3. Reset
Sales enablement teams eventually hit a phase where they need to rethink their approach. They can easily fill their calendar with work, but realise they need to change their approach from being busy to focussing on what’s going to have the biggest impact. At this point the sales enablement leadership needs to take stock, understand their strengths and weaknesses, the sales organisation’s goals and how they can best restructure themselves to support sales reps.

The reset is an important phase and it helps the sales enablement team figure out what activities best support the sales organisation, and of equal importance what activities do not. This is where sales enablement grows up - the wider business develops a firm grasp of sales enablement, what it does and when to use it. As part of the reset, sales enablement leadership will develop a strategy, mission and goals that are aligned with the sales organisation. They will also expertly communicate what activity they do and the value they create for the business.

Let’s be clear. This reconfiguration can make or break a sales enablement function. Get it wrong and the team will be confined to the tactical wilderness. But succeed and you’ll be on the right path to becoming an indispensable partner of the sales organisation. The reset signals an important change in direction and priorities, but while the team is figuring all of this out, it's important to recognise that it may make less impact for a period of time. 

4. Strategic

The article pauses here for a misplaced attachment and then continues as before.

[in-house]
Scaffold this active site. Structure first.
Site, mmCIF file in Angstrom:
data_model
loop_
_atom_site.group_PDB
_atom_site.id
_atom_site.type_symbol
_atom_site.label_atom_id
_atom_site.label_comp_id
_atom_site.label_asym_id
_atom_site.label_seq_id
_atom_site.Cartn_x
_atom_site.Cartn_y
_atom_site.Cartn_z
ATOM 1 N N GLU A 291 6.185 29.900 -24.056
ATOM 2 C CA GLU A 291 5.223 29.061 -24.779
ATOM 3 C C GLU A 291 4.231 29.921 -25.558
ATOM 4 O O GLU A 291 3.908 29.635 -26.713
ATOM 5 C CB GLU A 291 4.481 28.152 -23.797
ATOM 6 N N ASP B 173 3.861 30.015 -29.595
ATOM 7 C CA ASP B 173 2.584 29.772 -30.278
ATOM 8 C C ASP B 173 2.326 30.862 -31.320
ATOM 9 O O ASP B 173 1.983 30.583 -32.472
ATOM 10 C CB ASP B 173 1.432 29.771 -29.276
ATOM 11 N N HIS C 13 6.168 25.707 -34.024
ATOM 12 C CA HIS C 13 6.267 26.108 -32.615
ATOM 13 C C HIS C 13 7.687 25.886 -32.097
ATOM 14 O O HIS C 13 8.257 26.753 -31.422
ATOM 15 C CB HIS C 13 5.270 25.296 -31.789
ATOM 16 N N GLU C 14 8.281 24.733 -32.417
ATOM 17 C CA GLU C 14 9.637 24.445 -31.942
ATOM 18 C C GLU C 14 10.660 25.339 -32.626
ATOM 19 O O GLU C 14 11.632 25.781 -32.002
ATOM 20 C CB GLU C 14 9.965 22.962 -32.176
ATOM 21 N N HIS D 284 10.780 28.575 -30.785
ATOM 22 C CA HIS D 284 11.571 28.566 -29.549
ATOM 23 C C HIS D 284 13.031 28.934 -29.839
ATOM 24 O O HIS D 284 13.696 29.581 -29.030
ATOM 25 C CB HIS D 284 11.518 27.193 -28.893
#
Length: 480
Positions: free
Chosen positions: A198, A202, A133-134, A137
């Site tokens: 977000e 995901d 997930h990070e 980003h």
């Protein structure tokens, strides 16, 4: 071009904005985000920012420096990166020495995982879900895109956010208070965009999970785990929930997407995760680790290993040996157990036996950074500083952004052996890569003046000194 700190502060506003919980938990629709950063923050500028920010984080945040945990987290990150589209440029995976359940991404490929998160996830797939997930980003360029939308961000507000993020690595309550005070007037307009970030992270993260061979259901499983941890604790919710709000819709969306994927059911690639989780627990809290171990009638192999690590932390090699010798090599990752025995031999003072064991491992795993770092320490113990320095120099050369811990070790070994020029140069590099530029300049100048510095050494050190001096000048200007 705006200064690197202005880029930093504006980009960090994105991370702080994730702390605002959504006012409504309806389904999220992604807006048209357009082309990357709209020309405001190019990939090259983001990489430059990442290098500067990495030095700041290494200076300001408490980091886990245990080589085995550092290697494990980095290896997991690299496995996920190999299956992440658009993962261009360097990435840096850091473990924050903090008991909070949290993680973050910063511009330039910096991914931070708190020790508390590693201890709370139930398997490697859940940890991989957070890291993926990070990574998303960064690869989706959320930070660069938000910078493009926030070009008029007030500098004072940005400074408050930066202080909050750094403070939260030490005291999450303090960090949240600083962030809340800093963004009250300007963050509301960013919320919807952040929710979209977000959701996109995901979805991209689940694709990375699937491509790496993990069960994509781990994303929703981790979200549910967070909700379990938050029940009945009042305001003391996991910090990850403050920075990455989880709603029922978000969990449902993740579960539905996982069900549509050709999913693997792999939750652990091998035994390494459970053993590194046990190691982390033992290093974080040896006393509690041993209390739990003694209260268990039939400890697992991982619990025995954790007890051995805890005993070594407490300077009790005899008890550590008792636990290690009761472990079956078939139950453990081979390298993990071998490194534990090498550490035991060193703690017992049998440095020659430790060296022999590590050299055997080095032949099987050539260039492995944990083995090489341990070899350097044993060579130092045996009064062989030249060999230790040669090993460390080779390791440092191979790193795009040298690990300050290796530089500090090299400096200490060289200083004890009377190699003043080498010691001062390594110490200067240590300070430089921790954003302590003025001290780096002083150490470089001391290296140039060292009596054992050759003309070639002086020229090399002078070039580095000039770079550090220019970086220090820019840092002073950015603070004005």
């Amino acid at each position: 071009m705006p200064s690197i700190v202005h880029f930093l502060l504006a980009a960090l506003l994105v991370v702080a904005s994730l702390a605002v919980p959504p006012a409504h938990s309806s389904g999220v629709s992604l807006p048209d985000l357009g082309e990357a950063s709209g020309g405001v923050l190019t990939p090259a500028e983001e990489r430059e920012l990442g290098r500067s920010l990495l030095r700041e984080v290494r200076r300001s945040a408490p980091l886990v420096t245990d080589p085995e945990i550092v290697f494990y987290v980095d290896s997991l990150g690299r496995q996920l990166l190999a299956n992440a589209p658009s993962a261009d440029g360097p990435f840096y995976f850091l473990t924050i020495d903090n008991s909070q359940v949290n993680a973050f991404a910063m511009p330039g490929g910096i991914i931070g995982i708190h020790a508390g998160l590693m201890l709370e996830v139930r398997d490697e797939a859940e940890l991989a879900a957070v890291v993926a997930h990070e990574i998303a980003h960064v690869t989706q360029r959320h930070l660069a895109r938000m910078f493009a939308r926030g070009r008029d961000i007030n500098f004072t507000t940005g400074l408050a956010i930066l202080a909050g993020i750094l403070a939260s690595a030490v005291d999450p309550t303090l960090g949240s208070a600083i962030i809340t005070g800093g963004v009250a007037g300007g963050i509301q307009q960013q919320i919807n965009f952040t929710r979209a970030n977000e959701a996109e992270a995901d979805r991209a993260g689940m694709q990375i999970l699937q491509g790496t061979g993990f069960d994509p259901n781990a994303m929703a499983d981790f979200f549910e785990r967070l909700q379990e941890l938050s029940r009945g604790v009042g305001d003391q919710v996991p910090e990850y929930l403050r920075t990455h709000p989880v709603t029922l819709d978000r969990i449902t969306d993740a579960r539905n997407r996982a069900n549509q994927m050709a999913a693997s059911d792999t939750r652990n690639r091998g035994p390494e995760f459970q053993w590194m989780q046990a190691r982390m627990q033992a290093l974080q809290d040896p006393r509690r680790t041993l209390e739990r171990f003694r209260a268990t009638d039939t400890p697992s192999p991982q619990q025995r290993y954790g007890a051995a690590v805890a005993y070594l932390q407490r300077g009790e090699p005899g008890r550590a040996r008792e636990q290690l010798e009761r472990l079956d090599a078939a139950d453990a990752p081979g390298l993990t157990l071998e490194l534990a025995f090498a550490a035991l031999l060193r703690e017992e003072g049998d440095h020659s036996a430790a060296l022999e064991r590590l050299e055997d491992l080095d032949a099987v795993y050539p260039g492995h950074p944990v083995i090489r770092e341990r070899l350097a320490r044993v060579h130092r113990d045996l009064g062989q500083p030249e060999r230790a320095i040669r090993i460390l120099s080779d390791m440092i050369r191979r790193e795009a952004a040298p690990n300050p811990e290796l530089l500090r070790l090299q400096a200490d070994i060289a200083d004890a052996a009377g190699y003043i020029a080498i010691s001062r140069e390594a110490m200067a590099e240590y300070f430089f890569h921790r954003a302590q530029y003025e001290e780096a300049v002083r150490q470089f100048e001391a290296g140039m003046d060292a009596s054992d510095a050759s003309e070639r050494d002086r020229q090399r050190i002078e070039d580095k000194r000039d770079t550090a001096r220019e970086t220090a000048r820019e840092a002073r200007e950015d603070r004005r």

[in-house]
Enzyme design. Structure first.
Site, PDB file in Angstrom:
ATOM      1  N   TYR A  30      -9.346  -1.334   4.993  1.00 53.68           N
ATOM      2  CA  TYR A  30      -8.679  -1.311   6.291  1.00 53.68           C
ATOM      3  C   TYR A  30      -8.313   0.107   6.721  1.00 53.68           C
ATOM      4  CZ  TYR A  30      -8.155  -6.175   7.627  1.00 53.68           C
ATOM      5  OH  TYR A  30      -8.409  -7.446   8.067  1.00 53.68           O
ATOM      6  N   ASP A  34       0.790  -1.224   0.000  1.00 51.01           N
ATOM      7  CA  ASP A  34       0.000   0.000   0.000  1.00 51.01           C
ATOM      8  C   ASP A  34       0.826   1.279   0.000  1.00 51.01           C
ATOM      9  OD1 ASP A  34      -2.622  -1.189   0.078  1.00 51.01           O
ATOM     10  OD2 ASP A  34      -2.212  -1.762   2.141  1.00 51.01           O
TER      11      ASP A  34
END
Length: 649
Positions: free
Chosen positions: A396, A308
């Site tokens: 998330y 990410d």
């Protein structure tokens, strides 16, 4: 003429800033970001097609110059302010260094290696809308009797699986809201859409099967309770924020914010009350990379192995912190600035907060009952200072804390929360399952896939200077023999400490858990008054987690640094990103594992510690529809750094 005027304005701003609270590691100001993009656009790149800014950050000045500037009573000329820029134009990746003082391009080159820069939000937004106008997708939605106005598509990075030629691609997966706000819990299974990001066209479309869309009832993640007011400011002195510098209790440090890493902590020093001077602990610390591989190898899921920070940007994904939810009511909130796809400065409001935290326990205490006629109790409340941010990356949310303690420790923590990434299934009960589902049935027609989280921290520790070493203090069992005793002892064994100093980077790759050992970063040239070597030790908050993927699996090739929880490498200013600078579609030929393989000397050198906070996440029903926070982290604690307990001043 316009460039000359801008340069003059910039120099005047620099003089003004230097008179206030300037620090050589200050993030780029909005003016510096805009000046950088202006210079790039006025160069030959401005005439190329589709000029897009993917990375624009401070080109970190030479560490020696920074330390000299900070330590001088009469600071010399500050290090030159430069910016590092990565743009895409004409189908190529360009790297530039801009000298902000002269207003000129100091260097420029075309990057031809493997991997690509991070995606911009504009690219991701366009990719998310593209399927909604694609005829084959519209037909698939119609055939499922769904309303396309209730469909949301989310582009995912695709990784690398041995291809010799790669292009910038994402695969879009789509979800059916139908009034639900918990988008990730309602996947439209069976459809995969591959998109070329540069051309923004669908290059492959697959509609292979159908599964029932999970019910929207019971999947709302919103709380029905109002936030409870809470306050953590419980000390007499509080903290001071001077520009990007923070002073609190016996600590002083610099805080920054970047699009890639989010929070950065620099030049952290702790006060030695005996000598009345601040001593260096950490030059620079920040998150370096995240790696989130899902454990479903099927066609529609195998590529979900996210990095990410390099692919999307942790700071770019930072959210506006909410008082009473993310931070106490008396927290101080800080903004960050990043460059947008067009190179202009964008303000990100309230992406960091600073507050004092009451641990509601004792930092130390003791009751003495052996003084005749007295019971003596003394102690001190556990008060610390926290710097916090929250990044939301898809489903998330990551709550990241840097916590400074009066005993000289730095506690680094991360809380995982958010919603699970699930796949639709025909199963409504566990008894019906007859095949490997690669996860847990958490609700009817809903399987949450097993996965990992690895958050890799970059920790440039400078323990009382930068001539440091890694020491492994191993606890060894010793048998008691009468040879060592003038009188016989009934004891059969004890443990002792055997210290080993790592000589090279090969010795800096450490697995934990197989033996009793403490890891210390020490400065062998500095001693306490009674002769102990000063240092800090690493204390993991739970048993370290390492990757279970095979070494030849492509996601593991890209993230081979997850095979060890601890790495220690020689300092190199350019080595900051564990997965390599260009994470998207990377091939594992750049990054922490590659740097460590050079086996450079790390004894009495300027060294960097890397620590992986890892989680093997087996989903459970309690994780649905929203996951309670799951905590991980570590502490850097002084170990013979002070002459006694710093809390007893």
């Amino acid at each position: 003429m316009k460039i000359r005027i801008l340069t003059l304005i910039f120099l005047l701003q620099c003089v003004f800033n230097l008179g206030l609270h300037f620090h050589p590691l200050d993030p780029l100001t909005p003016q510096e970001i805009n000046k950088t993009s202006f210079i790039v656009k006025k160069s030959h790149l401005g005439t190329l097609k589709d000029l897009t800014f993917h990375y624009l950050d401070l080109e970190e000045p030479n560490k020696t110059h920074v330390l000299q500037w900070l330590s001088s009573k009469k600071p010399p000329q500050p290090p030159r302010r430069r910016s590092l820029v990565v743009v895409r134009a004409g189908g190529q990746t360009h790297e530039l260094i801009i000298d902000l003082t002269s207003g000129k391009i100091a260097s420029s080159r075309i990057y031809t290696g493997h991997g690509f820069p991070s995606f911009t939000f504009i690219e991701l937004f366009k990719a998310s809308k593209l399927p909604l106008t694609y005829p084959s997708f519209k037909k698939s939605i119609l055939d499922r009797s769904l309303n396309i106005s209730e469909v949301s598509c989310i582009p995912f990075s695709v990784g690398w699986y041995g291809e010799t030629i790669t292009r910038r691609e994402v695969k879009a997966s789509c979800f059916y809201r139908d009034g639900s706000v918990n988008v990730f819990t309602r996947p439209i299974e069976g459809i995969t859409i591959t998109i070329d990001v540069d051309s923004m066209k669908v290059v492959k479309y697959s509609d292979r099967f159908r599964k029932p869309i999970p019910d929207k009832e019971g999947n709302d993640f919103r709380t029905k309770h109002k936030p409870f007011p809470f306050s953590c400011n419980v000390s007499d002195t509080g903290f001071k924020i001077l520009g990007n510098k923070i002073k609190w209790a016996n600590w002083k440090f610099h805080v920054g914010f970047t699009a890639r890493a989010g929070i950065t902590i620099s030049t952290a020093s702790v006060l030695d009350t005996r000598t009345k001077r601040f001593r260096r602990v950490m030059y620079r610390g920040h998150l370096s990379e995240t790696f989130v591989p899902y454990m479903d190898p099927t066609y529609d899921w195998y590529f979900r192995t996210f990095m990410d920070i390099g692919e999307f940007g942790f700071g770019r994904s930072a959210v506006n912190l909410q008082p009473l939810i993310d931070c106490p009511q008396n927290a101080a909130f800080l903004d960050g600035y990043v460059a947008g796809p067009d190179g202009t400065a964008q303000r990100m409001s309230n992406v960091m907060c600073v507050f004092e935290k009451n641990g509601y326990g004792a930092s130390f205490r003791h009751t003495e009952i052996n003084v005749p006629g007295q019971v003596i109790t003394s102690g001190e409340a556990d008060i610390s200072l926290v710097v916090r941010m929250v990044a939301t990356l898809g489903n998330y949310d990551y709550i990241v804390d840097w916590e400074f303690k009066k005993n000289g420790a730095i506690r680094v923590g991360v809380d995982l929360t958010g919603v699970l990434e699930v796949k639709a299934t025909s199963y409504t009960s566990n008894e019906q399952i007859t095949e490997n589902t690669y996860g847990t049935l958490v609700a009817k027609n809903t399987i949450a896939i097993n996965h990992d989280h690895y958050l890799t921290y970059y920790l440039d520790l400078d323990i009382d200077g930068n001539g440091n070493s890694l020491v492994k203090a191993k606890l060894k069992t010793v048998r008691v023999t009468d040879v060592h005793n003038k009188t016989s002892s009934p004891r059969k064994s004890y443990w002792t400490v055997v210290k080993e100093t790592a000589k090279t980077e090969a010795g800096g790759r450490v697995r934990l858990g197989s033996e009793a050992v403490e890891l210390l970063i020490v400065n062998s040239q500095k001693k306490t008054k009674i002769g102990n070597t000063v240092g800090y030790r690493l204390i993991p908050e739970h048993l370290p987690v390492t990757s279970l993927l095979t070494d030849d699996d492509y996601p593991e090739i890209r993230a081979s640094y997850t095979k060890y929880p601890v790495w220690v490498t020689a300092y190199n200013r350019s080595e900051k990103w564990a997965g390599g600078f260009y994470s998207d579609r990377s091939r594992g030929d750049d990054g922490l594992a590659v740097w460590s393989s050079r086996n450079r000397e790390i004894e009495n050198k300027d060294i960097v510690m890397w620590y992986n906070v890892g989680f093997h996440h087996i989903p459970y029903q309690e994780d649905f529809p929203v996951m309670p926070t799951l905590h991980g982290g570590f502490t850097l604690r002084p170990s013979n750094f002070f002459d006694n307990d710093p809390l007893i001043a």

After the reset, sales enablement teams have the potential to evolve into a high-performing strategic unit. At this stage the wider business clearly understands the role of sales enablement - and the sales enablement function understands and is organised around high value and important work. At the strategic phase, sales enablement teams are laser focussed on the right activity and are discerning about what work they take on. They have a clearly linked set of goals, strategy and tactics, and push back on and challenge the sales organisation where appropriate. During this time the role of sales enablement often expands to include sales productivity responsibilities, and occasionally, sales operations too.

The sales enablement team will have strong leadership, plus domain experts and the role develops to that of a sales performance consultant, rather than tactical order taker. During this stage, sales enablement is recognised for its excellent stakeholder management - they successfully partner with a coalition of other teams to get work done on bigger, strategic projects. They work alongside and influence other teams to succeed including marketing, training and sales operations.